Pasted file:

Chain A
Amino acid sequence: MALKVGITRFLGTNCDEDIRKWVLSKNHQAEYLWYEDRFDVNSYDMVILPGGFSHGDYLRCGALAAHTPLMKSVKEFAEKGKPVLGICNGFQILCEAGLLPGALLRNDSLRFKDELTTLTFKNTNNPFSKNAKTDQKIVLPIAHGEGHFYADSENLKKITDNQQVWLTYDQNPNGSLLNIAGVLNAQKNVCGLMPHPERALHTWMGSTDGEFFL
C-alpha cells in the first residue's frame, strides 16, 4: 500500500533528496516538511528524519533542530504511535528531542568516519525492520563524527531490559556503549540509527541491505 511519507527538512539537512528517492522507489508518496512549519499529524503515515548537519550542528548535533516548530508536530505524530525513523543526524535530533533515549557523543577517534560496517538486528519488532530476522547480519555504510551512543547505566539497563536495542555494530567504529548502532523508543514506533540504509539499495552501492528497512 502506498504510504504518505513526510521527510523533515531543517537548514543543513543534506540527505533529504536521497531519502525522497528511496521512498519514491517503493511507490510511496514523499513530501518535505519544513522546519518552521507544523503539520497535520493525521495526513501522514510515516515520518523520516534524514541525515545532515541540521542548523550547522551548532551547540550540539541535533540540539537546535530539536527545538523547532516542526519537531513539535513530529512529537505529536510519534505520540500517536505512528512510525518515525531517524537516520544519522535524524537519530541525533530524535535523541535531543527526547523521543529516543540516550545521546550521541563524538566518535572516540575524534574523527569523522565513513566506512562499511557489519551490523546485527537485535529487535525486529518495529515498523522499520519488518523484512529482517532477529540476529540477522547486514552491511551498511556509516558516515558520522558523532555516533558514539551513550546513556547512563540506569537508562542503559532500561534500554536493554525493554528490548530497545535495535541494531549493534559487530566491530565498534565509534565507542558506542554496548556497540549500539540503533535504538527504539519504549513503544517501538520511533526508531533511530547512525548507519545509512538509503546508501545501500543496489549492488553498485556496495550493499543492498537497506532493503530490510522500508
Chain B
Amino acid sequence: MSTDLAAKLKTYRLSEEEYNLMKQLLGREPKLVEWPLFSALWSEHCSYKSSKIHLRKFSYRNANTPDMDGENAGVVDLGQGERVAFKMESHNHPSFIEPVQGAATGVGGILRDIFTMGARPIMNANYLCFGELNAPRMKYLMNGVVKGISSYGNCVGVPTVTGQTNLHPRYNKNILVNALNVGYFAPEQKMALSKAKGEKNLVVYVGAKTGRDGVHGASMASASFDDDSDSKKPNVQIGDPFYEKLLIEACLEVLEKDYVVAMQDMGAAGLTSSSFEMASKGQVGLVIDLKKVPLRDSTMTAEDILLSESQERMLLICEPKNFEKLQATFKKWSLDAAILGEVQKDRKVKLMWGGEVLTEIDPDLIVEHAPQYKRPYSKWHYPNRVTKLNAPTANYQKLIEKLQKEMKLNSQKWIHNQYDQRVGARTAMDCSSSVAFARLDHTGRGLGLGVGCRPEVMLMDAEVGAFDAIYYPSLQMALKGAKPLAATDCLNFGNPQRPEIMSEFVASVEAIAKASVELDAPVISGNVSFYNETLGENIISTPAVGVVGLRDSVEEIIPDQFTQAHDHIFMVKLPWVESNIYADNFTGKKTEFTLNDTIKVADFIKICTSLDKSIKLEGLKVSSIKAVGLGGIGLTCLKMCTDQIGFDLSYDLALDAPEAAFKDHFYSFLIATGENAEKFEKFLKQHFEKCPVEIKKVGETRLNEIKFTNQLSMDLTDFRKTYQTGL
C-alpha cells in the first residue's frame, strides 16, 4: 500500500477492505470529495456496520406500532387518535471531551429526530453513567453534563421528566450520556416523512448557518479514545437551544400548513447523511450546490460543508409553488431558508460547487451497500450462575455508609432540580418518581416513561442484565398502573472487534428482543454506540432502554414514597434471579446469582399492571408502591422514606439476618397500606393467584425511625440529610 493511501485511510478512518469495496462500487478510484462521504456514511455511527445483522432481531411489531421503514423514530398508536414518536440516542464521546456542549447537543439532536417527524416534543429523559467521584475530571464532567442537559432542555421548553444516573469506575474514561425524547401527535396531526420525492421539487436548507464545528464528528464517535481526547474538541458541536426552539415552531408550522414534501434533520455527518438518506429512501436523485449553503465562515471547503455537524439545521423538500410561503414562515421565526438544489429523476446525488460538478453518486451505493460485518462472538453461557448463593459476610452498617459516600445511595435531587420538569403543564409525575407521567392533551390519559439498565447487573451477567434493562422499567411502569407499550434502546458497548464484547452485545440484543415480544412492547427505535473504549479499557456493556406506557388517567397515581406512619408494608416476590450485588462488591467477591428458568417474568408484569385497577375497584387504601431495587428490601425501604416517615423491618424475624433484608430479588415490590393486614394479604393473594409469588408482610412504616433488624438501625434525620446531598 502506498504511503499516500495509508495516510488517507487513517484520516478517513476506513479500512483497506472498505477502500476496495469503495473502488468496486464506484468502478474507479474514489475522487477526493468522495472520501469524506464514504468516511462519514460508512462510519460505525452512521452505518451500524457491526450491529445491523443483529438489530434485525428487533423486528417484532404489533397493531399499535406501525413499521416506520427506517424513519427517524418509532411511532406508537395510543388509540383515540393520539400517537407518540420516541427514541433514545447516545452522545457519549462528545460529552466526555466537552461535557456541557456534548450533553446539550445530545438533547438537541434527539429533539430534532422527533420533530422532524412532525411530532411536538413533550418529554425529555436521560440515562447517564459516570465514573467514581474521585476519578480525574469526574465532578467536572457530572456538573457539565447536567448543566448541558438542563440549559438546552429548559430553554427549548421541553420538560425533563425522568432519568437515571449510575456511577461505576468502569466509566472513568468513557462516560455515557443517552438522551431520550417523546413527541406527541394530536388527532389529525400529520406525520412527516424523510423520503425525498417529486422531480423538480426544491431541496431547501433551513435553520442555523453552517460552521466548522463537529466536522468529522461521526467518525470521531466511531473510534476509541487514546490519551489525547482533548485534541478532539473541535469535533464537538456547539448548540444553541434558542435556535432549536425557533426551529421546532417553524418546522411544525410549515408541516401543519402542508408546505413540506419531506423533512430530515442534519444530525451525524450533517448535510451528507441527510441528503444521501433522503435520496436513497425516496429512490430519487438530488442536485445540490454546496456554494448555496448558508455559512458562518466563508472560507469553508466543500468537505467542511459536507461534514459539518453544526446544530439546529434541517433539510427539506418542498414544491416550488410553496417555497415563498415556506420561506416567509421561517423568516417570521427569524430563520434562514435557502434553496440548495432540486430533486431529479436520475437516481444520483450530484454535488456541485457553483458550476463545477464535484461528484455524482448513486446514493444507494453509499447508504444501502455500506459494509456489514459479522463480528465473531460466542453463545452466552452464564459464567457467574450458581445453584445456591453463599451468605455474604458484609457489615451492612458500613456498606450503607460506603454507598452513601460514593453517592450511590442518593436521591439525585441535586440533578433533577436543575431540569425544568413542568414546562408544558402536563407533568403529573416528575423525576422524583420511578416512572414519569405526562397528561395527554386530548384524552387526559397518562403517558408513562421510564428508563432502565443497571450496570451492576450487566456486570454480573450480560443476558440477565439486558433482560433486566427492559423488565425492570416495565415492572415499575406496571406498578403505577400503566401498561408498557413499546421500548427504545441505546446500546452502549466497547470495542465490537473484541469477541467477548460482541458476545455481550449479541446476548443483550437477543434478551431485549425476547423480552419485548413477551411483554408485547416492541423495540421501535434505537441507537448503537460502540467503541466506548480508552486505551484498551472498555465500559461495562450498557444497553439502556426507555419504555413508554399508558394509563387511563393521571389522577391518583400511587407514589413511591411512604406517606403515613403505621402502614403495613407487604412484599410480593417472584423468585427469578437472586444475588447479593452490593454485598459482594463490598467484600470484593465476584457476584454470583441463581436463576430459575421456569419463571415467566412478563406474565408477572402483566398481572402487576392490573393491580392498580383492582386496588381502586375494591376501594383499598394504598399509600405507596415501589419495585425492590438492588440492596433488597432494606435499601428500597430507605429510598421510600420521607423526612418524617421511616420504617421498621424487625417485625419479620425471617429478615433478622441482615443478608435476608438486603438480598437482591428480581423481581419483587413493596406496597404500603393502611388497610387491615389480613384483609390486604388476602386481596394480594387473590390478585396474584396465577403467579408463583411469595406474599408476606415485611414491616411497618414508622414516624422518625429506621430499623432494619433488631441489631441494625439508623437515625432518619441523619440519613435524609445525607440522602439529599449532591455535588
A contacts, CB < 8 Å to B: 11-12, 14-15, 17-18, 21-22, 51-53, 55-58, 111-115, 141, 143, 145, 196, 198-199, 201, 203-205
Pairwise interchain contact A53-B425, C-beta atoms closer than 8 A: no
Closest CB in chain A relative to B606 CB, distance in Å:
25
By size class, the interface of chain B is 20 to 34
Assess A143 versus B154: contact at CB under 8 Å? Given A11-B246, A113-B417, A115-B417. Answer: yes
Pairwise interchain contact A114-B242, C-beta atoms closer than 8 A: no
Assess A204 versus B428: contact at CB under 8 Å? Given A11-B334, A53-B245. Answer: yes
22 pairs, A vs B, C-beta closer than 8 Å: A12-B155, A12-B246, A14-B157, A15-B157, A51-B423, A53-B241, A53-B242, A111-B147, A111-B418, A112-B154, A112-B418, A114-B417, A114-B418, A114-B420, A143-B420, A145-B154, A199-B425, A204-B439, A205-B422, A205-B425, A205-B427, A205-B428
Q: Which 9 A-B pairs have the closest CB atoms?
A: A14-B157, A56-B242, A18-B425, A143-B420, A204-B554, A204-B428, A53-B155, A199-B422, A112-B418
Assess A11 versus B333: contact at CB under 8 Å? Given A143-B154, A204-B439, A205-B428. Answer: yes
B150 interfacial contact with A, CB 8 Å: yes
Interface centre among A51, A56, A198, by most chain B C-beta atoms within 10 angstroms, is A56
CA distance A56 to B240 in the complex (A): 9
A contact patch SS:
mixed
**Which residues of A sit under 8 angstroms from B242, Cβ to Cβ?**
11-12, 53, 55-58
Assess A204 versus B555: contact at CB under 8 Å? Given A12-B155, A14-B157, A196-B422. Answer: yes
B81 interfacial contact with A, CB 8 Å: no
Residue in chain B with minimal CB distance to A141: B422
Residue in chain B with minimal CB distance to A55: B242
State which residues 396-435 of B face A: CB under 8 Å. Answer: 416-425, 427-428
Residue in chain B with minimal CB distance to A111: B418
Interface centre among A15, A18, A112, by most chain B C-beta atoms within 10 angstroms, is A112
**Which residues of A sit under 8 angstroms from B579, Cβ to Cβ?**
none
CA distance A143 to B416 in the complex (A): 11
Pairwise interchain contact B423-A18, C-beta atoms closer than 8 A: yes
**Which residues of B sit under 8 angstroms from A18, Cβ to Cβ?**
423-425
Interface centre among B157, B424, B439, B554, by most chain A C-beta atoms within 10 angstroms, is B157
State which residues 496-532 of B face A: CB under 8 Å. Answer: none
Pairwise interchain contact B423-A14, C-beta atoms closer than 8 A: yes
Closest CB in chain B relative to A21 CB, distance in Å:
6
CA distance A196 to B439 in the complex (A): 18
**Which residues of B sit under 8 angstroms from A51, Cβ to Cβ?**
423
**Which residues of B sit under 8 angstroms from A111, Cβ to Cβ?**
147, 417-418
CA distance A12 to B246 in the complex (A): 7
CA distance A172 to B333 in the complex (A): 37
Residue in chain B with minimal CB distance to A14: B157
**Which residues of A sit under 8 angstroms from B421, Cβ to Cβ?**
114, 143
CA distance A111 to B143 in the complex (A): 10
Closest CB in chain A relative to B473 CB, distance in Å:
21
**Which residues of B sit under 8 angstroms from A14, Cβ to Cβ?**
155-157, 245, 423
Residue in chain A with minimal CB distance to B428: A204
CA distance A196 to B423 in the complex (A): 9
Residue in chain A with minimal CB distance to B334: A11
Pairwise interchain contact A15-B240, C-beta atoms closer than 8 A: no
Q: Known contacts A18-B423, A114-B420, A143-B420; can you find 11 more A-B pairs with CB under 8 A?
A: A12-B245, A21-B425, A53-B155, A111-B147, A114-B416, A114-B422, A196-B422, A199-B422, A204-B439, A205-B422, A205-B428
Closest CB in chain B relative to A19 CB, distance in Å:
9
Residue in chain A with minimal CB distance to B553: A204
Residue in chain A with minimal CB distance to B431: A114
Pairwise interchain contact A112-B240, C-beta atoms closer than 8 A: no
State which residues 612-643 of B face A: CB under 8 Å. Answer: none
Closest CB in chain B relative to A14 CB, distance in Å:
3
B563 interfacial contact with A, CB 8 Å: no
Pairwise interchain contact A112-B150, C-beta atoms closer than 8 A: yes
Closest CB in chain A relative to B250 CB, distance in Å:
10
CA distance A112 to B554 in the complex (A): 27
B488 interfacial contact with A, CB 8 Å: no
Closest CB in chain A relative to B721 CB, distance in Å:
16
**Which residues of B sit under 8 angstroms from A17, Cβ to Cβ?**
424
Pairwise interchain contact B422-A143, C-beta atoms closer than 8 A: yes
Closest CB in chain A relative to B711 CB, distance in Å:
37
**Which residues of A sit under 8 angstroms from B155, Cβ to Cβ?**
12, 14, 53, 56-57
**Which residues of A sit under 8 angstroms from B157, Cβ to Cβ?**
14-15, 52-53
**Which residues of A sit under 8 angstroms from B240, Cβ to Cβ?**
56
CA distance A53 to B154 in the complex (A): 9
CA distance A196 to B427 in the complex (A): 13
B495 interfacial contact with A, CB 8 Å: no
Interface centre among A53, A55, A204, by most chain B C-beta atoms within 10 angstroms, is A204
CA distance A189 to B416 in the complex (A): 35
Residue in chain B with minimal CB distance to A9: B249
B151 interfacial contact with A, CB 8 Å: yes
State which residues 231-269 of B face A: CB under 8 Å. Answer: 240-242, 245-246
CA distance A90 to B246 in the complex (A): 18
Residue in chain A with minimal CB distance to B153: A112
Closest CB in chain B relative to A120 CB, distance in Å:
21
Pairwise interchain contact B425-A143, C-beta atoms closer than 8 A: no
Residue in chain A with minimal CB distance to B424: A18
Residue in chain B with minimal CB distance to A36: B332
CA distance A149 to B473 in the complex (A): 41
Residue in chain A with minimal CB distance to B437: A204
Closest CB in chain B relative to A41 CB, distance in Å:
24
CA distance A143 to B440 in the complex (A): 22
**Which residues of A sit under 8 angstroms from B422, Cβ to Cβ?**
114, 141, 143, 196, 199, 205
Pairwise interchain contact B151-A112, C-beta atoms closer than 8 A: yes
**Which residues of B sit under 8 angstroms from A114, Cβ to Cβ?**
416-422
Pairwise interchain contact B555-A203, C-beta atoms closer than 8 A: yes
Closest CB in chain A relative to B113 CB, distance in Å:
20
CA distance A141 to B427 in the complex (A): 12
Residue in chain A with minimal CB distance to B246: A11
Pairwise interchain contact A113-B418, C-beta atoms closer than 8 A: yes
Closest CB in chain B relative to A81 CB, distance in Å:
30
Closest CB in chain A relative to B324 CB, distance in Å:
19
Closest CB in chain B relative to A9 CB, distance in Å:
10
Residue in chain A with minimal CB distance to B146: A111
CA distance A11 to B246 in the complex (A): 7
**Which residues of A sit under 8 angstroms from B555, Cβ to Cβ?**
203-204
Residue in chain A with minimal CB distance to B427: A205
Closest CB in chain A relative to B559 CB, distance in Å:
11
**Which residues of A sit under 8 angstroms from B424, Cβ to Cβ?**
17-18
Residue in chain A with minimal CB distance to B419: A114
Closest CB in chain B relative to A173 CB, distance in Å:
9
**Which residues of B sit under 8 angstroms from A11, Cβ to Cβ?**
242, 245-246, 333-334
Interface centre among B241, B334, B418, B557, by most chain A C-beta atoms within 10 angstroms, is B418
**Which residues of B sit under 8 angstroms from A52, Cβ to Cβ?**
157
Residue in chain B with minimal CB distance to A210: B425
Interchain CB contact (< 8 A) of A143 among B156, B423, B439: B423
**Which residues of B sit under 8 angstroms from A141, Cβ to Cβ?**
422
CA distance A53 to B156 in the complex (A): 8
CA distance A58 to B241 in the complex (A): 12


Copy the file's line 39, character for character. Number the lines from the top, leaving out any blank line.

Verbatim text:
Interface centre among B157, B424, B439, B554, by most chain A C-beta atoms within 10 angstroms, is B157